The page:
13. Of leading churchmen martyred in important cities the first whose name we must blazon on monuments to God’s faithful servants as a martyr of Christ’s kingdom was Bishop Anthimus of Nicomedia, who was beheaded. Of the martyrs at Antioch the one who was noblest throughout his life was a local presbyter, Lucian, who at Nicomedia, when the emperor himself was there, had proclaimed the heavenly kingdom of Christ, first by a spoken defence of the Faith, then by deeds as well. Of the martyrs in Phoenicia the most famous are surely God’s altogether beloved pastors of the spiritual nurslings of Christ – Tyrannion, bishop of the church at Tyre, Zenobius, presbyter of the church at Sidon, and Silvanus, Bishop of Emesa and the neighbouring churches. Silvanus became food for beasts with others at Emesa itself, and was taken up into the choirs of martyrs; the other two glorified the word of God in Antioch by enduring to the last. One of them, the bishop, was thrown into the depths of the sea, while Zenobius, the best of physicians, died bravely under the torments applied to his sides. Of the martyrs in Palestine, Silvanus, Bishop of Gaza and the neighbouring churches, was beheaded at the copper mines in Phaeno, with thirty-nine others. There also two Egyptian bishops, Peleus and Nilus, with several others, were burnt at the stake.
And now also mention must be made of the chief glory of the Caesarean community, Pamphilus, a presbyter and the most wonderful man of my time, the marvel of whose heroic achievements I shall describe when the moment is opportune. Of those at Alexandria and throughout the Thebais and the rest of Egypt who found glorious fulfilment, I must mention first Peter, Bishop of Alexandria itself, a splendid example of the teachers of true religion in Christ; of the presbyters with him, Faustus, Dius, and Ammonius, fulfilled martyrs of Christ; and Phileas, Hesychius, Pachymius, and Theodore, bishops of the Egyptian churches. Besides these there were countless other prominent persons who are commemorated by the churches to their area and locality.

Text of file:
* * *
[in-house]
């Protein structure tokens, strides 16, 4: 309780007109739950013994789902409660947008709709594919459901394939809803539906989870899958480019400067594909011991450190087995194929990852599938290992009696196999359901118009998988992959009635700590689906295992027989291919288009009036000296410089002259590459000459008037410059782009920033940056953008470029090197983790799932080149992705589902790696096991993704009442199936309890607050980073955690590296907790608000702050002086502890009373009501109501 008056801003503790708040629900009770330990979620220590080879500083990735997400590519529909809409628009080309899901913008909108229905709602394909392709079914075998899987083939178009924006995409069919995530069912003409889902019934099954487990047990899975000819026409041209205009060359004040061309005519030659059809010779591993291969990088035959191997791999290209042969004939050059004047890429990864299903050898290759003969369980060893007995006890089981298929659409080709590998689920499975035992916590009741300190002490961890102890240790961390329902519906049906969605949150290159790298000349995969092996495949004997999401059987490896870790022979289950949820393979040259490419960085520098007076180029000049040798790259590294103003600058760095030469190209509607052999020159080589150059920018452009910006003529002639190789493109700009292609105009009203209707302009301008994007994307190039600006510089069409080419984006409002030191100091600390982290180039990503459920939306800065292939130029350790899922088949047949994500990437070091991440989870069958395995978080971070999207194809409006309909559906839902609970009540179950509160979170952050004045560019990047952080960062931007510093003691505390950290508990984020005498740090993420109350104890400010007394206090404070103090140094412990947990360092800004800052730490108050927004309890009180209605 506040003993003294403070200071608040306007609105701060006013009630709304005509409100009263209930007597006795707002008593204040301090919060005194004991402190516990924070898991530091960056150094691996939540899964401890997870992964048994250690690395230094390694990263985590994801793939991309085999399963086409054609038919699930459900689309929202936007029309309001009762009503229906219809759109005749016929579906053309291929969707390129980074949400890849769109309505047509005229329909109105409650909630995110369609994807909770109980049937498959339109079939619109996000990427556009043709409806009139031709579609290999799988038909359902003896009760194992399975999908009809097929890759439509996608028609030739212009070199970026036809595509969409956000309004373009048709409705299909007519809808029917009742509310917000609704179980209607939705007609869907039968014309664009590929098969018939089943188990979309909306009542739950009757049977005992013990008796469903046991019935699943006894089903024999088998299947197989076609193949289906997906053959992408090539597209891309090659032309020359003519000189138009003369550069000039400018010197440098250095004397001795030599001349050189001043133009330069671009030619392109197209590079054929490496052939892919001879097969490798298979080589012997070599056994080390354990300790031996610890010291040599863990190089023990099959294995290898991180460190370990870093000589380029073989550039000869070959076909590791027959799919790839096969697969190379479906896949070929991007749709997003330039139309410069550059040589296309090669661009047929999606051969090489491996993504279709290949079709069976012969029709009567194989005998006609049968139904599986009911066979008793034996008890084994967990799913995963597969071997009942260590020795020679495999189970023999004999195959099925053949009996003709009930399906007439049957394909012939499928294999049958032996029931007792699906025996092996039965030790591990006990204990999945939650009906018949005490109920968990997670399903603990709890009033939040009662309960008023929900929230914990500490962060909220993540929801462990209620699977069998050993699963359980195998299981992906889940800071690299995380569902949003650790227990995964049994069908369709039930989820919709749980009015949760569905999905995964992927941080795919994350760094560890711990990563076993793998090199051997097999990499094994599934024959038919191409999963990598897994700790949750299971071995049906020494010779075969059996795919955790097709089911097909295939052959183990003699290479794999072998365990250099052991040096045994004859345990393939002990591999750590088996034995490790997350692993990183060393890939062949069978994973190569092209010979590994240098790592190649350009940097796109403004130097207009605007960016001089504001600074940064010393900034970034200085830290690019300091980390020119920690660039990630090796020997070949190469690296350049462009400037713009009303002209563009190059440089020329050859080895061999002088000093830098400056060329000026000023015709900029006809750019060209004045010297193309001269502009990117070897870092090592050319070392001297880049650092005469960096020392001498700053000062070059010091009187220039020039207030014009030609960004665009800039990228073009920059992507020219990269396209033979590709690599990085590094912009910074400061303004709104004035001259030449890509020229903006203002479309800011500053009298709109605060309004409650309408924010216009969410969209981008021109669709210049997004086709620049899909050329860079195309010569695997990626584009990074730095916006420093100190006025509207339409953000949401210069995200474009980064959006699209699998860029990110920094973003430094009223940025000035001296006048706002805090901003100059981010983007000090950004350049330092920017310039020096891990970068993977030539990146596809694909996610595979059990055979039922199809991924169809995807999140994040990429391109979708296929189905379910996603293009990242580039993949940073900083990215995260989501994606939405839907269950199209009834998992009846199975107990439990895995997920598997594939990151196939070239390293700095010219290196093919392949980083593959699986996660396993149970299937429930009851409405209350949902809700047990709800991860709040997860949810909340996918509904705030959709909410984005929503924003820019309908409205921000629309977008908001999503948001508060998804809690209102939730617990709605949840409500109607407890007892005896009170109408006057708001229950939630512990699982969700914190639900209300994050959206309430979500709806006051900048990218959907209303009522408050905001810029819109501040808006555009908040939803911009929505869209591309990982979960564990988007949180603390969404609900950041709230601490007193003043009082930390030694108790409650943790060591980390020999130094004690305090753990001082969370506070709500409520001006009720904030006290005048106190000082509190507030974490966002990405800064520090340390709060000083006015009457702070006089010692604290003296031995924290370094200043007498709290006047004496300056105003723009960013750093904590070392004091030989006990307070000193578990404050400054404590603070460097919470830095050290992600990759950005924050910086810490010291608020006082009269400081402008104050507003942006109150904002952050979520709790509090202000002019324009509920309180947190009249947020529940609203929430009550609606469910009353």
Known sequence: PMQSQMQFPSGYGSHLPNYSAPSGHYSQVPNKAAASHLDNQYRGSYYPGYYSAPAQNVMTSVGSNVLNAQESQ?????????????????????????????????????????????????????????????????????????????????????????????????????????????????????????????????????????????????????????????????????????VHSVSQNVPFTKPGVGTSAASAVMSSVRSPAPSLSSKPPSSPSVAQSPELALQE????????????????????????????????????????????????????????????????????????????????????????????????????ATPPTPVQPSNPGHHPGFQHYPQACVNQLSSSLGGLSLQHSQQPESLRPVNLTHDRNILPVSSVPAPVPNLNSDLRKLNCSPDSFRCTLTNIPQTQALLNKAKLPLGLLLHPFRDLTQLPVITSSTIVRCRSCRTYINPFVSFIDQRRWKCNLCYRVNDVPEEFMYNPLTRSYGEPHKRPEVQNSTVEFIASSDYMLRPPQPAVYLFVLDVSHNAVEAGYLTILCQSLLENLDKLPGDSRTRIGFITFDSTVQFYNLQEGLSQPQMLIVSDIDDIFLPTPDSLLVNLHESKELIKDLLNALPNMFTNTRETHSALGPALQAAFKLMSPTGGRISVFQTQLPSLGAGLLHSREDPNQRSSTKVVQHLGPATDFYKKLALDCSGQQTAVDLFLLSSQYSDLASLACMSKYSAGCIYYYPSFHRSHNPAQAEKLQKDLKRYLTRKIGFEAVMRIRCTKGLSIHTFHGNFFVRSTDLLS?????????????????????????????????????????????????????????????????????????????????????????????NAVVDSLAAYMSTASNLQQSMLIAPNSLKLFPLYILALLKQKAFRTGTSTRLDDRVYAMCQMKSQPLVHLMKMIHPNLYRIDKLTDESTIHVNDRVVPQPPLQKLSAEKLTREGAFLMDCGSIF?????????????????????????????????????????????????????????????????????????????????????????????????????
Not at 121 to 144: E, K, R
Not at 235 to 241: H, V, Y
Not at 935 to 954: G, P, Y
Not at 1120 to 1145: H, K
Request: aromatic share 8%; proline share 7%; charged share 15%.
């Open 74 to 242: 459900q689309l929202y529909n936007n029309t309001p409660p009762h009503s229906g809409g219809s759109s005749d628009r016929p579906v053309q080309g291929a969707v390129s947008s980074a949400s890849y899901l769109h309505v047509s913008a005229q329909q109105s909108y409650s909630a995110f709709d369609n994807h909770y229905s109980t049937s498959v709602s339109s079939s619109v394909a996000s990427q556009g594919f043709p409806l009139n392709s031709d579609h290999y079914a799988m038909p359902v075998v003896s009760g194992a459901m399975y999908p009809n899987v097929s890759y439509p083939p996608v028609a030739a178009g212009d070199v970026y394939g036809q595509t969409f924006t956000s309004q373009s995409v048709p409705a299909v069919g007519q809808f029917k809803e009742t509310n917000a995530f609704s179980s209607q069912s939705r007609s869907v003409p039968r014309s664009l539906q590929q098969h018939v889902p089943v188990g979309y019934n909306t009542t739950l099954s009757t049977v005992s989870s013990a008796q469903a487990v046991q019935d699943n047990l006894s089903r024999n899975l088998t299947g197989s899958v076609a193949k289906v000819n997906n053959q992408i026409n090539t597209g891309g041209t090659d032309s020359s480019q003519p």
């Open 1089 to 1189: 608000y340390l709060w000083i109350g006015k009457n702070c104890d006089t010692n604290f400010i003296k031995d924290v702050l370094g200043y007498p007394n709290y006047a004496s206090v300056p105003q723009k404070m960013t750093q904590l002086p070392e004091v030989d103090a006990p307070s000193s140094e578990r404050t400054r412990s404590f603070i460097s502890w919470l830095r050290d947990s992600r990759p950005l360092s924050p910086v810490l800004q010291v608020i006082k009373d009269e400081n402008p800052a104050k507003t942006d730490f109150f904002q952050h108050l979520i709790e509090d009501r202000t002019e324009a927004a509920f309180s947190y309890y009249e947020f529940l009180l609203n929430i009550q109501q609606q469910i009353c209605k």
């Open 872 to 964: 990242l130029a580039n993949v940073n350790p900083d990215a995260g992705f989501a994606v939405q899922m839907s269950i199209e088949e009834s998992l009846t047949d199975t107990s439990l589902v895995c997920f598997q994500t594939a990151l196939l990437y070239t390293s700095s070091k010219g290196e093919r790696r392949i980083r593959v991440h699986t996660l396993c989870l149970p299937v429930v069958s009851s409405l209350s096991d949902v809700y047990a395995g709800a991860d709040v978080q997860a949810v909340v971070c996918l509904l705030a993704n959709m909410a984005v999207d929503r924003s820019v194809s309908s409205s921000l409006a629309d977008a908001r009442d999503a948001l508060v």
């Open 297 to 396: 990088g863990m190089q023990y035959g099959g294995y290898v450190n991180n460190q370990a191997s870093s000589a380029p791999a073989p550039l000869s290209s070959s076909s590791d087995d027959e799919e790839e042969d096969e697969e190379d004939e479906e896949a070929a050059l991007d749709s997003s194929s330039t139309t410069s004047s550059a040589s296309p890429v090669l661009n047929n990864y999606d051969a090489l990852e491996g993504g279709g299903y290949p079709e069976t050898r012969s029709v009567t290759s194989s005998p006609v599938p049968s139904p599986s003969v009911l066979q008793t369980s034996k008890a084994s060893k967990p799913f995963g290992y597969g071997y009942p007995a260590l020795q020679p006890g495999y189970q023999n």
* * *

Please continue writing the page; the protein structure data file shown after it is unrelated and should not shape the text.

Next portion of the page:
To commit to writing the ordeals of those who battled all over the world for the true worship of the Deity, and to set out in detail everything that happened to them, are no tasks for me: they are surely reserved for those who saw the events with their own eyes. But the struggles I myself witnessed I shall put on record, for the benefit of future generations, in another work. However, in the present book I shall follow up my record with the recantation of the measures taken against us and all the events that followed the opening of the persecution, matters of very great moment to my readers.
As regards the state of the Roman government before the war against us, in every period when the emperors were friendly to us and peaceably disposed, it is beyond the power of words to describe the harvest and abundance of good things that it enjoyed, when the supreme rulers of the world-wide empire, on reaching their tenth and twentieth year, spent their time in festivities and public gatherings, in the gayest of banquets and jollifications, with complete and stable peace. But as there was no obstacle to the growth of their authority, which daily became more inflated, they suddenly abandoned their peaceful attitude to us and launched an implacable campaign. The second year of this kind of activity had not yet run its course, when a shock at the centre of affairs turned the whole system upside down. An unfortunate illness struck down the most senior of the four emperors,1 resulting in mental derangement; so, together with the one next to him in order of precedence,2 he returned to normal private life. And this had not yet come about when the whole empire was split in two, a thing that had never happened before, if memory serves.